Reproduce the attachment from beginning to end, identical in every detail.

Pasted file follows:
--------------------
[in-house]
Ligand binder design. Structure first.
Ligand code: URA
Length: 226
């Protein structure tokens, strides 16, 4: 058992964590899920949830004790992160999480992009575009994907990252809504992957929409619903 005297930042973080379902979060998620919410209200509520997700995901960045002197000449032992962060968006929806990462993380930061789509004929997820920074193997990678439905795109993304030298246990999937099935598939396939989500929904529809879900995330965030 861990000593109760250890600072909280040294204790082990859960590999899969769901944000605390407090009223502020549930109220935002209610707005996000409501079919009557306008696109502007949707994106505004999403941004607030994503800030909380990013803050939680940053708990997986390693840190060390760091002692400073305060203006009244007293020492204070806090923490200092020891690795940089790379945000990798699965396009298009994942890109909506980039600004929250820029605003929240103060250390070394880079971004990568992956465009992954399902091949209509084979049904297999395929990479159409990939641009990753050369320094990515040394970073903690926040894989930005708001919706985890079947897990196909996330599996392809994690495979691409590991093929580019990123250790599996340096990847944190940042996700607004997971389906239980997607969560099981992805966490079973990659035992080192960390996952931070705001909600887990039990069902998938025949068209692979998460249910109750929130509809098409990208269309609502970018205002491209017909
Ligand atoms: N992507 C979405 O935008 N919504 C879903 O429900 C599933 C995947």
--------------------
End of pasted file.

[in-house]
Ligand binder design. Structure first.
Ligand code: URA
Length: 226
């Protein structure tokens, strides 16, 4: 058992964590899920949830004790992160999480992009575009994907990252809504992957929409619903 005297930042973080379902979060998620919410209200509520997700995901960045002197000449032992962060968006929806990462993380930061789509004929997820920074193997990678439905795109993304030298246990999937099935598939396939989500929904529809879900995330965030 861990000593109760250890600072909280040294204790082990859960590999899969769901944000605390407090009223502020549930109220935002209610707005996000409501079919009557306008696109502007949707994106505004999403941004607030994503800030909380990013803050939680940053708990997986390693840190060390760091002692400073305060203006009244007293020492204070806090923490200092020891690795940089790379945000990798699965396009298009994942890109909506980039600004929250820029605003929240103060250390070394880079971004990568992956465009992954399902091949209509084979049904297999395929990479159409990939641009990753050369320094990515040394970073903690926040894989930005708001919706985890079947897990196909996330599996392809994690495979691409590991093929580019990123250790599996340096990847944190940042996700607004997971389906239980997607969560099981992805966490079973990659035992080192960390996952931070705001909600887990039990069902998938025949068209692979998460249910109750929130509809098409990208269309609502970018205002491209017909
Ligand atoms: N992507 C979405 O935008 N919504 C879903 O429900 C599933 C995947």